Being the 69th biggest nation on the planet, Poland has a long coastline and shares its boundary with Germany, Ukraine, Slovakia, Czech Republic, Lithuania and Kaliningrad Oblast exclave (Russia). This European nation has an amazing combination of historic heritage and all-natural beauty.
Main Square Market: Kraków
Old Market Place: Warsaw
Photo by Jorge Láscar
The major square market in the Kraków city was built in the 13th century majorly to serve the purpose of trade. It’s one in Europe measuring approximately two hundred metres. The medieval-era market square’s structure adds a nostalgic character to the space that is historic.
Salt Mine: Wieliczka
The main square was reconstructed in 1257. Noteworthy and tasteful townhouses and churches surround the area also there is cloth hall at the center of the market square.
Photo by Guillaume Speurt
Warsaw is Poland’s capital.
The older marketplace which originated around the 13th century is located in the center of Warsaw. This marketplace also has found its place as one of the most World Heritage sites declared by UNESCO. The Warsaw Mermaid is a bronze statue located in the epicentre of the marketplace, is seen as a symbol of Warsaw. The museum in the northern end of the market area is also crucial visit to get an insight into the city. This royal market deserves a place on your Poland trip planner.
Photo by altotemi
This city is located on the coast of the Baltic Sea and is currently still one of Poland’s major ports. In the royal 12th-century Green Gate Royal Castle into the mesmerising Neptune Fountain, the structure around town is quite remarkable. The Gothic styled City Hall was constructed in 1379 and also the Mariacki Church and Street that’s considered to be one of the most gorgeous places in Poland take you back in time through centuries. Besides the landmarks, the historic Shipyard and the 82-meter tall Gda?sk Palace — St. Mary’s Church, makes certain Gda?sk has everything, giving this significant city a guaranteed place on your Poland travel planner.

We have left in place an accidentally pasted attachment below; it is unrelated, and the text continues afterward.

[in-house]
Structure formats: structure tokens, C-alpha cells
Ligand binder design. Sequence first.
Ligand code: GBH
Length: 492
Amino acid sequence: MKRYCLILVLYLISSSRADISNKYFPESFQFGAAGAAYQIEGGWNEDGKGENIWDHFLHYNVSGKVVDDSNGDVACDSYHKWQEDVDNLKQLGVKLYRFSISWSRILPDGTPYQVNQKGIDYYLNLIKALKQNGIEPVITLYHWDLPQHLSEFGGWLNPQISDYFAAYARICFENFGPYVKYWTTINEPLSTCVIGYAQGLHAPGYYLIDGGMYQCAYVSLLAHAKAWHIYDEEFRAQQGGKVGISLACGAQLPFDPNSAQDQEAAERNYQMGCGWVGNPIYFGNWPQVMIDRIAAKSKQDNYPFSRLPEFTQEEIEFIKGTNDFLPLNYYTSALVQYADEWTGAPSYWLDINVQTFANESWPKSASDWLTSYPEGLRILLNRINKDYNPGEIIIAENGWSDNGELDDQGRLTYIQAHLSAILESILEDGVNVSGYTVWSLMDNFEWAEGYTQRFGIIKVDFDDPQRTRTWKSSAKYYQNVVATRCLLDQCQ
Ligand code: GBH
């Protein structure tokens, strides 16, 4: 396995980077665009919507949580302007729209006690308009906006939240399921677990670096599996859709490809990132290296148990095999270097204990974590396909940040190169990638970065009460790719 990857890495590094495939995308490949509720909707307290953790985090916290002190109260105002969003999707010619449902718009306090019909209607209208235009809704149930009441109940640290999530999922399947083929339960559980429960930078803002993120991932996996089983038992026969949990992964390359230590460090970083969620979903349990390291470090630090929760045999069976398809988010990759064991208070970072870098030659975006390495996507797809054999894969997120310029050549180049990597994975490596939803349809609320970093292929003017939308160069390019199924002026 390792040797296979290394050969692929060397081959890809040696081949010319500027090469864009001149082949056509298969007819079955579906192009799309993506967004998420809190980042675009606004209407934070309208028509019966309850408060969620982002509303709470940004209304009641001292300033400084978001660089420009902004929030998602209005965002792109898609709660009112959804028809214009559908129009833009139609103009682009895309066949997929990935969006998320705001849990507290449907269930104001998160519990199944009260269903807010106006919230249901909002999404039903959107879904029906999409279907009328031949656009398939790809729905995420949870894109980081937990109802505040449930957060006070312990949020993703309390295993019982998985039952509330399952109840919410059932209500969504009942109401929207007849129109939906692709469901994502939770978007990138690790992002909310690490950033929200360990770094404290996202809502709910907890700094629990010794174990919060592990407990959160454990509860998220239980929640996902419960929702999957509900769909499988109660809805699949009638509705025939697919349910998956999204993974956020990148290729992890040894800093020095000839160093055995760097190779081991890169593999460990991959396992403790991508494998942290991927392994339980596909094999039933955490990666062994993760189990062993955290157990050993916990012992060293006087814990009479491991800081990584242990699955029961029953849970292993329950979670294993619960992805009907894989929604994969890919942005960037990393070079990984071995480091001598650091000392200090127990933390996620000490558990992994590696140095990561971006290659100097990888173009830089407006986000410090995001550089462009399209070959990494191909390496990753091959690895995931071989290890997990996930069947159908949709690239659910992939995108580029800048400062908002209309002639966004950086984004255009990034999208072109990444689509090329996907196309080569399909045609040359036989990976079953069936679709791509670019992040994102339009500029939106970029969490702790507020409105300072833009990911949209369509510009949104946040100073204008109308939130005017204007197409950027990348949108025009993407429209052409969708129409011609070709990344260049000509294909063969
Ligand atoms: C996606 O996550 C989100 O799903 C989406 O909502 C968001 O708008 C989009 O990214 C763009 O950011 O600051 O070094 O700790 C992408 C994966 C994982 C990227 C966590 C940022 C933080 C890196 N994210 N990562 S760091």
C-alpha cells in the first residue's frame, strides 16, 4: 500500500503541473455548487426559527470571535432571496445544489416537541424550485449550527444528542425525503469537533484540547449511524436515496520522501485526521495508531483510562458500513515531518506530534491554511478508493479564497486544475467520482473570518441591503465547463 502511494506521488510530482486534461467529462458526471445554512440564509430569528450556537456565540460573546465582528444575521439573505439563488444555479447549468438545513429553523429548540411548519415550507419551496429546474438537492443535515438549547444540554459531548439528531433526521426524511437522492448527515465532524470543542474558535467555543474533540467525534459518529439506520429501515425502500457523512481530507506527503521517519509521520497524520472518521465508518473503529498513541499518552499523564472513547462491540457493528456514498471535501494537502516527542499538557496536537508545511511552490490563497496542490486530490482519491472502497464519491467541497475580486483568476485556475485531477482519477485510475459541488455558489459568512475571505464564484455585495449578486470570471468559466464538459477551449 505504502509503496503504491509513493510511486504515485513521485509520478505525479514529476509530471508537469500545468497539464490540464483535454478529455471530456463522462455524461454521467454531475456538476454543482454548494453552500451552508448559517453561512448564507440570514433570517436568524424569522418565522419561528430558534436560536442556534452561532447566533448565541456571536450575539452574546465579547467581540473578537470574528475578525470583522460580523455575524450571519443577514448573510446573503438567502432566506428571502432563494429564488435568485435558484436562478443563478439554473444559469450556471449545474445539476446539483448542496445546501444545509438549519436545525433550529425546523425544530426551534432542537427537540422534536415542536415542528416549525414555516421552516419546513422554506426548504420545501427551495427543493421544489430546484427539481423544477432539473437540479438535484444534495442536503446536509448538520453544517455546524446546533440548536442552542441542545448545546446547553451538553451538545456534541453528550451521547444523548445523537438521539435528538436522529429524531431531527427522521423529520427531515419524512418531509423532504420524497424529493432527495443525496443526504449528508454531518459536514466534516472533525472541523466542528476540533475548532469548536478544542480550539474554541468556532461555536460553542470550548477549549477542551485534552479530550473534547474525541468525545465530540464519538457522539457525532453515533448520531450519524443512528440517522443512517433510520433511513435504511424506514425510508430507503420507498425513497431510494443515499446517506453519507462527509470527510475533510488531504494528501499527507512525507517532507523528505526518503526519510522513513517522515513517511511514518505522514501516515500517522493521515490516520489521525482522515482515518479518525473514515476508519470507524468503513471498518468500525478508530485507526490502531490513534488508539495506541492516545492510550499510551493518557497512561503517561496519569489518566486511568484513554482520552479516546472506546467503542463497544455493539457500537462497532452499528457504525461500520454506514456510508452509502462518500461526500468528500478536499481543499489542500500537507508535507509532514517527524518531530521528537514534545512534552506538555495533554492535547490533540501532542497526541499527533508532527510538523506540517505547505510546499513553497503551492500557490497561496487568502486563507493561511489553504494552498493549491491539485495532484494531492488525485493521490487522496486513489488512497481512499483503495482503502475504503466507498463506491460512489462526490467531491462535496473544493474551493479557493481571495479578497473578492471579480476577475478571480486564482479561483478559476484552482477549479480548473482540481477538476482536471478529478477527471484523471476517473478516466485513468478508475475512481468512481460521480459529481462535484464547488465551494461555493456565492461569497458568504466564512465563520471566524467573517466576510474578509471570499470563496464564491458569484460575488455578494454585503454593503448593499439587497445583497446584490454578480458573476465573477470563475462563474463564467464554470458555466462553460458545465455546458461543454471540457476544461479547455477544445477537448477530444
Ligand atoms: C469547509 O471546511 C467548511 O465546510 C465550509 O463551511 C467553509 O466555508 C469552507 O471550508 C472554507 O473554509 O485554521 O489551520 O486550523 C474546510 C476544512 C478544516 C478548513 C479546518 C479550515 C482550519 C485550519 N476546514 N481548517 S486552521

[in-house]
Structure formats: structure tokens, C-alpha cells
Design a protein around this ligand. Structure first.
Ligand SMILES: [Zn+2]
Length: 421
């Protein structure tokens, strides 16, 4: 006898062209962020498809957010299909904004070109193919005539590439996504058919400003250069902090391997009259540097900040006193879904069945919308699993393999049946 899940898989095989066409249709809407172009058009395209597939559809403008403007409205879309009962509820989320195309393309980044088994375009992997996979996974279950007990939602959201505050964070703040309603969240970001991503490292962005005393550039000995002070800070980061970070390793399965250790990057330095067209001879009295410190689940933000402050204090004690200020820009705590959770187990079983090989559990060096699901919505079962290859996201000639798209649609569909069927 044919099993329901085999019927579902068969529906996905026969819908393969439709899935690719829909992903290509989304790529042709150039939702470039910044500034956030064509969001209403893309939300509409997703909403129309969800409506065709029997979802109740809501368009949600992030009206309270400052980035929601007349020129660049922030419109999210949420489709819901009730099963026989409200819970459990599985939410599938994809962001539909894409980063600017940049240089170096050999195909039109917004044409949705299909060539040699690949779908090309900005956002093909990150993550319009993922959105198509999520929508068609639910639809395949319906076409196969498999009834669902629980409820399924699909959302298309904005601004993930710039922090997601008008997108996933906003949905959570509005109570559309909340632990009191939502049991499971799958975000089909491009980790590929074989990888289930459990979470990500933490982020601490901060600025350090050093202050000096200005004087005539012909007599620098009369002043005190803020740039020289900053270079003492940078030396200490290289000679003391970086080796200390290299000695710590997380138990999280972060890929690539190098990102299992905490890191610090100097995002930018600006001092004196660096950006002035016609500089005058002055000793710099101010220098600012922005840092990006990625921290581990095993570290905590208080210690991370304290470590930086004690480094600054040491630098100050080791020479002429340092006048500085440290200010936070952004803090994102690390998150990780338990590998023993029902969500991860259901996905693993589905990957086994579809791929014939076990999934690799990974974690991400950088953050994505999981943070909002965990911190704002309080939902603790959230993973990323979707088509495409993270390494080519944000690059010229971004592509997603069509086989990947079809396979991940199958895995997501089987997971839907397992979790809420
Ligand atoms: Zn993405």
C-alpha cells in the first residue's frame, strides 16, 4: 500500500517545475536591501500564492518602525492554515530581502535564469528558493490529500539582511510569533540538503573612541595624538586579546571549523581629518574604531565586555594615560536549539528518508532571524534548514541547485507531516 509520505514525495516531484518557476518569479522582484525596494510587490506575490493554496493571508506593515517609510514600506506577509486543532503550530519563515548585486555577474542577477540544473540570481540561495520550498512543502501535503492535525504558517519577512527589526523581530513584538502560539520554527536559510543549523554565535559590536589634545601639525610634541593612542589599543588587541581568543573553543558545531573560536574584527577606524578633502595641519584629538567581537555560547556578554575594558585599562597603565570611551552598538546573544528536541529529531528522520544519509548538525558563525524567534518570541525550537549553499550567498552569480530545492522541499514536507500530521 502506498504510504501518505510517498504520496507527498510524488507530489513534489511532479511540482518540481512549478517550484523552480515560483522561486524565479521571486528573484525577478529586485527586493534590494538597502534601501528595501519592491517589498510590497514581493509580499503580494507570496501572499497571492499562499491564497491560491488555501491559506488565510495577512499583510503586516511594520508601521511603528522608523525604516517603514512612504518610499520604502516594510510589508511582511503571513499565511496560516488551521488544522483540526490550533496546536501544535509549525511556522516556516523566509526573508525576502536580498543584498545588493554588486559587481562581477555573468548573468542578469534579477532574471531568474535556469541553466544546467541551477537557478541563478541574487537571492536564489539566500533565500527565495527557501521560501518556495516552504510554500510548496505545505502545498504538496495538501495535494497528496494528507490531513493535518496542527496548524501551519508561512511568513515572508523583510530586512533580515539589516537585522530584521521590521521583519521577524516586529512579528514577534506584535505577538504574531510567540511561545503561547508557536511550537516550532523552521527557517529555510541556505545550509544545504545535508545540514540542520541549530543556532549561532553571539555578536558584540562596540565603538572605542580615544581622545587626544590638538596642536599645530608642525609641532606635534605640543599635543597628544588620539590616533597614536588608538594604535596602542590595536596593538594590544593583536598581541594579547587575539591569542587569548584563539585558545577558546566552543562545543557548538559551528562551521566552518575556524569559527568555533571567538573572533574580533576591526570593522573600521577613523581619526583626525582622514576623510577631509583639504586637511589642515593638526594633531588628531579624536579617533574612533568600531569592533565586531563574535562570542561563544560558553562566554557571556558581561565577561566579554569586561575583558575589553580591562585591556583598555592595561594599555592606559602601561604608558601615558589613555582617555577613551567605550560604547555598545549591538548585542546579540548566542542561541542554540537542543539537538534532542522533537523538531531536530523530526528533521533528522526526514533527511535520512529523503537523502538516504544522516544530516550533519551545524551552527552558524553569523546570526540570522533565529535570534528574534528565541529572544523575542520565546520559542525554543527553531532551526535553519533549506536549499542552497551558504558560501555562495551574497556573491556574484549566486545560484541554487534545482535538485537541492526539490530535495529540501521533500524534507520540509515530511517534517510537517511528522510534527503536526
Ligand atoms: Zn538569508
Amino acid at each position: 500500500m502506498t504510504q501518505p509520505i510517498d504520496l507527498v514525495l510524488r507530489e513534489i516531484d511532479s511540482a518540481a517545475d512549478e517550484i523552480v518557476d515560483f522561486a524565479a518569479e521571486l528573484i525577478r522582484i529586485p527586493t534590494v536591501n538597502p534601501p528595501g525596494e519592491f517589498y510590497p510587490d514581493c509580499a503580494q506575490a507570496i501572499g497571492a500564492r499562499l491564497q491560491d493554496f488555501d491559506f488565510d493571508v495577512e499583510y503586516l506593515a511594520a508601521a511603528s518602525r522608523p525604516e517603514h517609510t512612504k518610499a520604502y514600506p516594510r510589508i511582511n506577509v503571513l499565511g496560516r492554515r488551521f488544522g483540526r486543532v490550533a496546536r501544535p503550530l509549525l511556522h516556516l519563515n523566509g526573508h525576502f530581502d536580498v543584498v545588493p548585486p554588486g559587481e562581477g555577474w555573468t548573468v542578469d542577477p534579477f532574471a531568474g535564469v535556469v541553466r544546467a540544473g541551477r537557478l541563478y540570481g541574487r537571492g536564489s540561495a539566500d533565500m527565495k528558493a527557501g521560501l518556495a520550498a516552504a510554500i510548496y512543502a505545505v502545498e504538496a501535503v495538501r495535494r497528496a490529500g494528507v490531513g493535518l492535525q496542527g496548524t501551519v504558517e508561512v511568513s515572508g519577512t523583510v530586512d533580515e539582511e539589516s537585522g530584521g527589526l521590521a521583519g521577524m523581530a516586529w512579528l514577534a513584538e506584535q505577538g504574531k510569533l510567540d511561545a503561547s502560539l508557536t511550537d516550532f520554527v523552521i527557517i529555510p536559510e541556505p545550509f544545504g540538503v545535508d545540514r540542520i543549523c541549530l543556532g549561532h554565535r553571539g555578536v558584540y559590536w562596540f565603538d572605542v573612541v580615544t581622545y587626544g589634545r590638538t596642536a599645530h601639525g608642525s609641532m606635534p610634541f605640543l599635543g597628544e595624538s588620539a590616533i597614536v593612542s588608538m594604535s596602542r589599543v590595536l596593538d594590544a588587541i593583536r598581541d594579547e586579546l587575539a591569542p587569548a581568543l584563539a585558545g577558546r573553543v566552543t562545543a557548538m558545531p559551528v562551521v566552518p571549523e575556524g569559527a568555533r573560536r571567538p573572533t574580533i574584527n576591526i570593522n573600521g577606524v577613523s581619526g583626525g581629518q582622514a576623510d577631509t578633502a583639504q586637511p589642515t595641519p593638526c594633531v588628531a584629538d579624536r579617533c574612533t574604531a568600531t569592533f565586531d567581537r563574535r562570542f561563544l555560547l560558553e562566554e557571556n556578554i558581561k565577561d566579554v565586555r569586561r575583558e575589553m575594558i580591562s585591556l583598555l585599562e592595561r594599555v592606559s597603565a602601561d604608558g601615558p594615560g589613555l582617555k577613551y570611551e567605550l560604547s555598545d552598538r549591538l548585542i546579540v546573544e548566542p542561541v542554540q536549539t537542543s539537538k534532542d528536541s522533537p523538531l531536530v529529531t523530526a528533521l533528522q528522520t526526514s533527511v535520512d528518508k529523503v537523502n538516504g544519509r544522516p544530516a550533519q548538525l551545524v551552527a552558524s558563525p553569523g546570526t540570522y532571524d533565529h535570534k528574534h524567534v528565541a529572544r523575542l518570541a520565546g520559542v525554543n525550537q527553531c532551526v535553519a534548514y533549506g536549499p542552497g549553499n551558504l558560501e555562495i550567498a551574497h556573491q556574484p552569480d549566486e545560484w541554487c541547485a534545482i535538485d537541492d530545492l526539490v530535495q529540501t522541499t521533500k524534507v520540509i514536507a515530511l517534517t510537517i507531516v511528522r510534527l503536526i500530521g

Photo by Frank Vassen
The Bialowieza Forest and National Park is a UNESCO World Heritage Site of forest covering an amazing area of 141,885 hectares. It is similar to a pure lab providing opportunities for conservation and the study of the types and contains areas of woods. It’s home to 59 species of creatures, including over 250 creatures, the iconic European Bison, 13 amphibian species, including 7 reptile and more than 12,000 invertebrate species. The Park is divided into zones of unprotected and protected locations. The mountainous regions are a popular destination for hiking biking and some photos of uncontrolled forest and its animals. Bialowieza Forest is a must feature on your trip planner on your European sojourn.
Photo by Alexander Johmann
The Wieliczka and Bochnia Royal Salt mines are one of the most precious and earliest monuments in Poland. It includes on UNESCO’s World Cultural and Natural Heritage List. The residue of rock salt was mined from the Saltwork’s Castle because the 13th century also is a manifestation of countless centuries of miners and over 700 decades of history and tradition of the nation. The mine attracts thousands of tourists each year, who have come to observe the kilometres of galleries it retains with works of art, sculptures in the salt and the quaint chapels that were built into the excavations. It’s a marvel of nature and of their art of mankind in preserving the area and making it a place of glory.
Poland has a combination of the past and the current. A vacation here is jump to meet your heart with all the warmth and culture of its inhabitants and atmosphere, giving you quite a life.